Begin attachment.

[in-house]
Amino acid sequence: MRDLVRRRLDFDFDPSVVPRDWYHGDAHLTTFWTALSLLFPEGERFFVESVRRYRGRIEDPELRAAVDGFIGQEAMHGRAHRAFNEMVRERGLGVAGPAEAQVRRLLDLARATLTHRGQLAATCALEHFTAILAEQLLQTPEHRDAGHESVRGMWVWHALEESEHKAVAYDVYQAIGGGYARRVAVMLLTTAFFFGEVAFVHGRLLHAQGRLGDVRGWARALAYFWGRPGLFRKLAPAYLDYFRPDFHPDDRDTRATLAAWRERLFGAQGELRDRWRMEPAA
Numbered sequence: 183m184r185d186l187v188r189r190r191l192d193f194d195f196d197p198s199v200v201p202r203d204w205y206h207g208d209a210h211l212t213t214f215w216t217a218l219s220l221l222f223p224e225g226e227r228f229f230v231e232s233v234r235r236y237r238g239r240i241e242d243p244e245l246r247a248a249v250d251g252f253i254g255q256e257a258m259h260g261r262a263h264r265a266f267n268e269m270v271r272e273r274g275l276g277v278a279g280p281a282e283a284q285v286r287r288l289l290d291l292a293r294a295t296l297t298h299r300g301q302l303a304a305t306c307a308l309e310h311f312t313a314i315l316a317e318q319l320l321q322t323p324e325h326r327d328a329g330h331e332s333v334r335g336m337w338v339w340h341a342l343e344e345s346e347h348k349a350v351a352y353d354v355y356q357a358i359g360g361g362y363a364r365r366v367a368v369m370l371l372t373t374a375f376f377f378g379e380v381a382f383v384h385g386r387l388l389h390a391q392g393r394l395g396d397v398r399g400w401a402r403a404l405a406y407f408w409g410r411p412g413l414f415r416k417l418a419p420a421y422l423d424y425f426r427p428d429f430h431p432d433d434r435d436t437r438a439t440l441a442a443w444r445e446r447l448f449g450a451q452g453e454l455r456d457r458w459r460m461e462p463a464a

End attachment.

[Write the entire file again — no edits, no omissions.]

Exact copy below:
[in-house]
Amino acid sequence: MRDLVRRRLDFDFDPSVVPRDWYHGDAHLTTFWTALSLLFPEGERFFVESVRRYRGRIEDPELRAAVDGFIGQEAMHGRAHRAFNEMVRERGLGVAGPAEAQVRRLLDLARATLTHRGQLAATCALEHFTAILAEQLLQTPEHRDAGHESVRGMWVWHALEESEHKAVAYDVYQAIGGGYARRVAVMLLTTAFFFGEVAFVHGRLLHAQGRLGDVRGWARALAYFWGRPGLFRKLAPAYLDYFRPDFHPDDRDTRATLAAWRERLFGAQGELRDRWRMEPAA
Numbered sequence: 183m184r185d186l187v188r189r190r191l192d193f194d195f196d197p198s199v200v201p202r203d204w205y206h207g208d209a210h211l212t213t214f215w216t217a218l219s220l221l222f223p224e225g226e227r228f229f230v231e232s233v234r235r236y237r238g239r240i241e242d243p244e245l246r247a248a249v250d251g252f253i254g255q256e257a258m259h260g261r262a263h264r265a266f267n268e269m270v271r272e273r274g275l276g277v278a279g280p281a282e283a284q285v286r287r288l289l290d291l292a293r294a295t296l297t298h299r300g301q302l303a304a305t306c307a308l309e310h311f312t313a314i315l316a317e318q319l320l321q322t323p324e325h326r327d328a329g330h331e332s333v334r335g336m337w338v339w340h341a342l343e344e345s346e347h348k349a350v351a352y353d354v355y356q357a358i359g360g361g362y363a364r365r366v367a368v369m370l371l372t373t374a375f376f377f378g379e380v381a382f383v384h385g386r387l388l389h390a391q392g393r394l395g396d397v398r399g400w401a402r403a404l405a406y407f408w409g410r411p412g413l414f415r416k417l418a419p420a421y422l423d424y425f426r427p428d429f430h431p432d433d434r435d436t437r438a439t440l441a442a443w444r445e446r447l448f449g450a451q452g453e454l455r456d457r458w459r460m461e462p463a464a